HC Deb 01 March 1921 vol 138 c1590

asked the Secretary of State for War whether, under Army Order 325, of 1919, pre-War pensioners employed by the Crown, and who-were refused permission to join the Colours in the late War on the ground of indispensability, cannot have their pensions reassessed; whether he is aware that the late Lord Kitchener issued a letter, which was posted up in the Army Ordnance establishments, to the effect that men serving in such establishments who were retained as indispensable were doing military duty equal in every way to those serving at the front; and whether, in view of this, he will give instructions-that Army Order 325 shall be amended so that the pensions of those men who were desirous of re-enlisting but were prevented from doing so shall be reassessed in the same way as those who re-enlisted?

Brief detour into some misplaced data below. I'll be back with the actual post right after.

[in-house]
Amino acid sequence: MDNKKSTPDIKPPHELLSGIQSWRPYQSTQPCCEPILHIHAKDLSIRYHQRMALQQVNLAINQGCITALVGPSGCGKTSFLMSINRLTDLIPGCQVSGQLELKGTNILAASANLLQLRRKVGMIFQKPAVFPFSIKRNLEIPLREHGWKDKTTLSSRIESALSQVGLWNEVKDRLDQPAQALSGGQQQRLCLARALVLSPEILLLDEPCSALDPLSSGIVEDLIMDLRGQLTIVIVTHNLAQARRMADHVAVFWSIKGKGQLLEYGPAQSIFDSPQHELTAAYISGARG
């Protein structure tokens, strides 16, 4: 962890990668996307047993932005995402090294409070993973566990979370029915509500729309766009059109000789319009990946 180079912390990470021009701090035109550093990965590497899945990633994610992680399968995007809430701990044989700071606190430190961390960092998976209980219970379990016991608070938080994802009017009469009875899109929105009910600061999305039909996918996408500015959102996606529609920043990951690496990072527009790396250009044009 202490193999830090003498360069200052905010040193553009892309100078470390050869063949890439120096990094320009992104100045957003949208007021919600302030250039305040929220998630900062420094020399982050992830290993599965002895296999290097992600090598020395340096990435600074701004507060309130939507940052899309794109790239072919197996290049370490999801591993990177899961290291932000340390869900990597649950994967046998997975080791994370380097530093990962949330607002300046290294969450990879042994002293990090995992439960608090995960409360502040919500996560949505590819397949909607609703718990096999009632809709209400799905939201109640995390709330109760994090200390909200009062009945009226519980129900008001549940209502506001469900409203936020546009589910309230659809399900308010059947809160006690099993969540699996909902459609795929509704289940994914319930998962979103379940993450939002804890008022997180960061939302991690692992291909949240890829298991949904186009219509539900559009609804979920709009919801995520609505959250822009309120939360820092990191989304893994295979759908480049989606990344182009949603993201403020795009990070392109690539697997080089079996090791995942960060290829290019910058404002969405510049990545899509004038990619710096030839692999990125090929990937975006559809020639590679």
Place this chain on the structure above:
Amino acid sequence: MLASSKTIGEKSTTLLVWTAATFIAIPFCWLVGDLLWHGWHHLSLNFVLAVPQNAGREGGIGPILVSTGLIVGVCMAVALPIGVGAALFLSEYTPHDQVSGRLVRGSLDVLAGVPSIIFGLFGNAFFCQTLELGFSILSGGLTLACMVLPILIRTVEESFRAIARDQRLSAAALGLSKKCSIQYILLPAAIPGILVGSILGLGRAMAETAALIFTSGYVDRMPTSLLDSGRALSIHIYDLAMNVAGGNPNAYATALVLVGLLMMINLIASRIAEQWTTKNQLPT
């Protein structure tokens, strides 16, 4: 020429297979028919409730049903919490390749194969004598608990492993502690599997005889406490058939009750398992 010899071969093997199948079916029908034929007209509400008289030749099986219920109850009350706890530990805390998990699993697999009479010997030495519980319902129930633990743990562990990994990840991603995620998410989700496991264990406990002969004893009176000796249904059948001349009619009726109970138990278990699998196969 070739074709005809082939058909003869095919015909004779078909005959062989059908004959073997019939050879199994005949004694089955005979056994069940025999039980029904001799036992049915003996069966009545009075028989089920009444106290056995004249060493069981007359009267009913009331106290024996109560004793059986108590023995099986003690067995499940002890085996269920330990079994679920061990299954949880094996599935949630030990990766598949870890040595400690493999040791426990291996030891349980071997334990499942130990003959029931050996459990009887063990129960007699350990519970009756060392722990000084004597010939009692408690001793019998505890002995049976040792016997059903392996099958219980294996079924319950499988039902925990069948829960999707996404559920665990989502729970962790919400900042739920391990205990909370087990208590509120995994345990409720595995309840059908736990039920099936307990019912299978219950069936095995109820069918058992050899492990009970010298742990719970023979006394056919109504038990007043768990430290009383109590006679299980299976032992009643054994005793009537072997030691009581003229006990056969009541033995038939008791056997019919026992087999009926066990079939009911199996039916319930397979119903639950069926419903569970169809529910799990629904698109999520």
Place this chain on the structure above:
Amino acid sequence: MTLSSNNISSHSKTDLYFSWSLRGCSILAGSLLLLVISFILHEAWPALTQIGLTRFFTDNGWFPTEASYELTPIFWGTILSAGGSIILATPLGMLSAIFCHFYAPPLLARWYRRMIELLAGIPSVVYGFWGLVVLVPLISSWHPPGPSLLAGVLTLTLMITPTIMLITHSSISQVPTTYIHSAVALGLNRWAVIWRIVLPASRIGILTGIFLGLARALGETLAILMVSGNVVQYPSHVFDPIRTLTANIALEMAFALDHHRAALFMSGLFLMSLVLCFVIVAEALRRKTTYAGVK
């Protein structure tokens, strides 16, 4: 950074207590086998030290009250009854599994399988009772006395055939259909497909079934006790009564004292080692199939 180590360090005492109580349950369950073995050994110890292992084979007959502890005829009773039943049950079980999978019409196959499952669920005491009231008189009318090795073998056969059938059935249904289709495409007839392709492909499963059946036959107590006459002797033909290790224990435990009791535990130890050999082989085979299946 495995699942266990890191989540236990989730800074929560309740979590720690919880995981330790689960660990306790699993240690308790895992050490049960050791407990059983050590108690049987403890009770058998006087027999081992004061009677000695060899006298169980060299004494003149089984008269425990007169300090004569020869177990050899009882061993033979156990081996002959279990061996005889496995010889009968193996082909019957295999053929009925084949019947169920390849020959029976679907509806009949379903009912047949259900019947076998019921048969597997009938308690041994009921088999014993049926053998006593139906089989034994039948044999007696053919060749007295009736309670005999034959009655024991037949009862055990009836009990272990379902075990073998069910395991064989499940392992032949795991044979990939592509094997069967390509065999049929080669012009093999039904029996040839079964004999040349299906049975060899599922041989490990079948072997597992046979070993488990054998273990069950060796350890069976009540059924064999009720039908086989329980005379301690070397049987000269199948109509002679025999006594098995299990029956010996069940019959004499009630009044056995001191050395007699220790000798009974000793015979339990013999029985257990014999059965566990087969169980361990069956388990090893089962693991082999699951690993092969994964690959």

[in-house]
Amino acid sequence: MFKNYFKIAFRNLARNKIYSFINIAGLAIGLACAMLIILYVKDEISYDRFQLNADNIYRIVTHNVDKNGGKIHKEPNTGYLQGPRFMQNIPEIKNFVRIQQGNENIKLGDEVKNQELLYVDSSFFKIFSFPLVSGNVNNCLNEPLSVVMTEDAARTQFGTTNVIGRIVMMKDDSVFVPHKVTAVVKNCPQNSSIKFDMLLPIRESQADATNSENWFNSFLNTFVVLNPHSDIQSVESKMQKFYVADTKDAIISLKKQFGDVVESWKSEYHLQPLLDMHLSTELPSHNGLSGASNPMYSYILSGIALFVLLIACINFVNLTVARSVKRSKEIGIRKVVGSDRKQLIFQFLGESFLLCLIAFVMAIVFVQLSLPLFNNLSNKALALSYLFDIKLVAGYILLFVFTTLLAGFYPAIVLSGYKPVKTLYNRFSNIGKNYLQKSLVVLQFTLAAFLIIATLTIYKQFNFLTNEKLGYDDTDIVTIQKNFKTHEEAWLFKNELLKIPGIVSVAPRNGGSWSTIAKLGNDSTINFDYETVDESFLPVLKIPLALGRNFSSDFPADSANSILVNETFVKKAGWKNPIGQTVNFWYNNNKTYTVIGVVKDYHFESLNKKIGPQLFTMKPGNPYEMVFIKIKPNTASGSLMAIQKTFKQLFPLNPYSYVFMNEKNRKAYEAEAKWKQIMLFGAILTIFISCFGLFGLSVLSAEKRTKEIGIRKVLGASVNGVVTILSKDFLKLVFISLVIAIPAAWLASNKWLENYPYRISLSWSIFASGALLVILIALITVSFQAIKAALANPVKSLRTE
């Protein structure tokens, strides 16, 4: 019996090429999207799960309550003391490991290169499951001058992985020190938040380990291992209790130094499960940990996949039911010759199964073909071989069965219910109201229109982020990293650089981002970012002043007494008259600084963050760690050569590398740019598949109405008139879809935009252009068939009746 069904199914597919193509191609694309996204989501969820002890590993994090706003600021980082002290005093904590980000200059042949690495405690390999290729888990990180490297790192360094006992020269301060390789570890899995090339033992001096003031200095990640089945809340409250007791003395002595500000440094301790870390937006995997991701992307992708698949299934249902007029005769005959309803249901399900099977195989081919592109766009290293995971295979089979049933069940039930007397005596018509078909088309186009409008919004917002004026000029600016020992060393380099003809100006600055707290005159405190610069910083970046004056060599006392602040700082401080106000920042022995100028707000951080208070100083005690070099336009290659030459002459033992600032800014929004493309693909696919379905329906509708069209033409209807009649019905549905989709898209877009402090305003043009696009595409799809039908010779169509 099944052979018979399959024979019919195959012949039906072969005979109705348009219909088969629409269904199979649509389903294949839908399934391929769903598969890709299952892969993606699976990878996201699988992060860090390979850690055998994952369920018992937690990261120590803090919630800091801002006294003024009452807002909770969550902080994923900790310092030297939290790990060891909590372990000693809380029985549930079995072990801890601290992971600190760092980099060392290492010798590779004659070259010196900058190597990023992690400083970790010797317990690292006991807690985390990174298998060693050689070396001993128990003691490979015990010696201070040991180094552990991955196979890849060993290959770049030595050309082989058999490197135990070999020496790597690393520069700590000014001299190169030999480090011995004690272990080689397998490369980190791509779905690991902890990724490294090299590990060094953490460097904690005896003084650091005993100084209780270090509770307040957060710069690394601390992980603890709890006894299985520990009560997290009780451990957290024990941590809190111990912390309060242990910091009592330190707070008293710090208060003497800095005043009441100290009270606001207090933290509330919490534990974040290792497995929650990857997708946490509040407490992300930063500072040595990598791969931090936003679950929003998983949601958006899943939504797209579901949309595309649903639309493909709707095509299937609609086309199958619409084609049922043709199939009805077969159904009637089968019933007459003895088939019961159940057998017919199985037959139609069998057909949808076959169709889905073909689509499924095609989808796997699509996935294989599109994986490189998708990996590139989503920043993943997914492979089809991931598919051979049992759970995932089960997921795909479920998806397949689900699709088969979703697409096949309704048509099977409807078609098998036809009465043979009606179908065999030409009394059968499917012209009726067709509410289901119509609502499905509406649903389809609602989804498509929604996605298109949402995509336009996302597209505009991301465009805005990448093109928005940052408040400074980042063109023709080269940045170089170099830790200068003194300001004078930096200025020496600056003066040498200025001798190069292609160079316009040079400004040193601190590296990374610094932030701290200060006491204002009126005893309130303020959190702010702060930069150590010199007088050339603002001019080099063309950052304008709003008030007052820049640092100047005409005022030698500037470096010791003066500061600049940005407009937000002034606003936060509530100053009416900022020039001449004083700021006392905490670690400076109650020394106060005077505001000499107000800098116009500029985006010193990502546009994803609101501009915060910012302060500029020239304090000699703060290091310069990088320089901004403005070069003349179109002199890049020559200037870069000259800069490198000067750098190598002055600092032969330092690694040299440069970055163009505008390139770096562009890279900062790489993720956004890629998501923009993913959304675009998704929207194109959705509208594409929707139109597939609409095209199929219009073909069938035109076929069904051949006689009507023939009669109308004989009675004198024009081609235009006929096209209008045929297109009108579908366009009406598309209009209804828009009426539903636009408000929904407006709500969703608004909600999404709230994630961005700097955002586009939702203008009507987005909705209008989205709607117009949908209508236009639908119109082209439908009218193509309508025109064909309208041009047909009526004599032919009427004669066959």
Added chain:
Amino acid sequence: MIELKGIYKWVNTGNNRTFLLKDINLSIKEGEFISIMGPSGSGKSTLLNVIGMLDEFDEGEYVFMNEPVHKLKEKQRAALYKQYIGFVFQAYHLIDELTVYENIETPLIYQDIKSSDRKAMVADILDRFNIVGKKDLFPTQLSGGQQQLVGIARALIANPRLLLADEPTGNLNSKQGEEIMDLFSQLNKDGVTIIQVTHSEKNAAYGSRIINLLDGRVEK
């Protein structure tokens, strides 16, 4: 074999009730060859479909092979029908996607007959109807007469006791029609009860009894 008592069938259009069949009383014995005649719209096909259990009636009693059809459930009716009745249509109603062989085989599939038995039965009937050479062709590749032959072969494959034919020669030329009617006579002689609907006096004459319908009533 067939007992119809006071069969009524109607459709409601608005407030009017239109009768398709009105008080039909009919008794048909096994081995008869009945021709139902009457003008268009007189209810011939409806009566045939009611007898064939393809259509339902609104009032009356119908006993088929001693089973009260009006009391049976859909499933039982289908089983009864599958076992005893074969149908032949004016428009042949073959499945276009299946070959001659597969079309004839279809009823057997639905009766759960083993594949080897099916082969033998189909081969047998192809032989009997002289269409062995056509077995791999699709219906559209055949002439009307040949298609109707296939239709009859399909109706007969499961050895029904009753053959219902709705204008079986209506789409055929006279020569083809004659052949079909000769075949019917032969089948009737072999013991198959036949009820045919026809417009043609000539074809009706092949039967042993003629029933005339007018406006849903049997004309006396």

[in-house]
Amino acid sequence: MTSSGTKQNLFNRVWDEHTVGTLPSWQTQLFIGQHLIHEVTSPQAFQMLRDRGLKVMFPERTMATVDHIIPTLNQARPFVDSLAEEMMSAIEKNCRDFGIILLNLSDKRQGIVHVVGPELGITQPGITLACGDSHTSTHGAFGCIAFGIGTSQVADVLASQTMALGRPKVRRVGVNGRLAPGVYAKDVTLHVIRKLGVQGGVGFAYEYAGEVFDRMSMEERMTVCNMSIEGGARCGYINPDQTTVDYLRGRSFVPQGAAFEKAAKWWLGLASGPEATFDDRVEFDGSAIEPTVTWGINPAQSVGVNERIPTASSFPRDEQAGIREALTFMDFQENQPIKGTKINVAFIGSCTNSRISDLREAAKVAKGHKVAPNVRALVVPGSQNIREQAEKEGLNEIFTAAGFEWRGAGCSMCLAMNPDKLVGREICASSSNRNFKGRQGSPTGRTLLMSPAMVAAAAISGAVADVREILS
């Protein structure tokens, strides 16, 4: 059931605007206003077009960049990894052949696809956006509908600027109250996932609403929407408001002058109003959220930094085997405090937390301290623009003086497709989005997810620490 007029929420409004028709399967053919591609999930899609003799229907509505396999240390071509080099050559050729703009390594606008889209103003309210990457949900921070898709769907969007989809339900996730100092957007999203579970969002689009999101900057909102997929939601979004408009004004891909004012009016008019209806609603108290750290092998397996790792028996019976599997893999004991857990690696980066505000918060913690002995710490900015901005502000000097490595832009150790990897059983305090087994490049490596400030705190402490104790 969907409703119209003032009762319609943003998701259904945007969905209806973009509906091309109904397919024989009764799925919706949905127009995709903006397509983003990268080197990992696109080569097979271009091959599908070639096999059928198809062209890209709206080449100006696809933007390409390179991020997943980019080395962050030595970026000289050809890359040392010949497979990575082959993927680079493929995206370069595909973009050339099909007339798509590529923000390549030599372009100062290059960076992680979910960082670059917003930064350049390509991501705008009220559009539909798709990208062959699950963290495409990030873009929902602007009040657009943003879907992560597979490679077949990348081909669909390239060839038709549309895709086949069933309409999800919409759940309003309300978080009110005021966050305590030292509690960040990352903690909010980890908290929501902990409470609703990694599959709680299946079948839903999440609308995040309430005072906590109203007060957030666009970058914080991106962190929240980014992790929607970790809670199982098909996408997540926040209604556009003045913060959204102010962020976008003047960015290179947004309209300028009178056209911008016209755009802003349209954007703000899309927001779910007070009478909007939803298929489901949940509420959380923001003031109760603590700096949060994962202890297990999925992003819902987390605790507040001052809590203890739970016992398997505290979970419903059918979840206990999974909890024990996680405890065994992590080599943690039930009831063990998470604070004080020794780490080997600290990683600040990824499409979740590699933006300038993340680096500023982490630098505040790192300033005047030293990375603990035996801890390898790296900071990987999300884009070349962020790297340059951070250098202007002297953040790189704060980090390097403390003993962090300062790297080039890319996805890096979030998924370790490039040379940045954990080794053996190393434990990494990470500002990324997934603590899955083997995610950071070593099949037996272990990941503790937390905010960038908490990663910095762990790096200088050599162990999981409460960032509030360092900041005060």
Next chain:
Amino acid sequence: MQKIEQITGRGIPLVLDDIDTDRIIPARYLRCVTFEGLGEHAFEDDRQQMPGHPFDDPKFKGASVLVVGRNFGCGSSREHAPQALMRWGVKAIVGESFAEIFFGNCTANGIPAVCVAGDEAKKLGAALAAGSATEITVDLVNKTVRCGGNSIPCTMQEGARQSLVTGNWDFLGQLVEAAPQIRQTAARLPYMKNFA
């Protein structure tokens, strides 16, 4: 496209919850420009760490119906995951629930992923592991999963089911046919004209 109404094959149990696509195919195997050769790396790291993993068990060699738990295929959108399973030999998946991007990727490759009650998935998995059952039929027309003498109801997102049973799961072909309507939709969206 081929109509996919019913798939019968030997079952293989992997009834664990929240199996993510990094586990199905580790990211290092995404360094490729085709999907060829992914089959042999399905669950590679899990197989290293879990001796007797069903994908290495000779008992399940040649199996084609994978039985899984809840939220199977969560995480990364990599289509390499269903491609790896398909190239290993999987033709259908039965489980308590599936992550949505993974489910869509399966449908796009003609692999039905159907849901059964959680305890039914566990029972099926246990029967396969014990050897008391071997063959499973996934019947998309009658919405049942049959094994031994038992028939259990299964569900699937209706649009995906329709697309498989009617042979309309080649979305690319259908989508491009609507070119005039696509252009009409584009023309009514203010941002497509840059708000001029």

Sir A. WILLIAMSON (Parliamentary Secretary, War Office)

Reassessment of pension is limited by the Royal Warrant to men who gave satisfactory re-enlisted service, and I regret it is not possible to depart from the general rule.


May I ask whether the term "re-enlistment" in the Army Order could not be construed so as to include the case of those men who applied to be re-enlisted but were refused permission and retained in Government employment, especially in view of the terms of the late Lord Kitchener's letter referred to.


The question had been fully considered, and it was not found possible to alter the decision come to.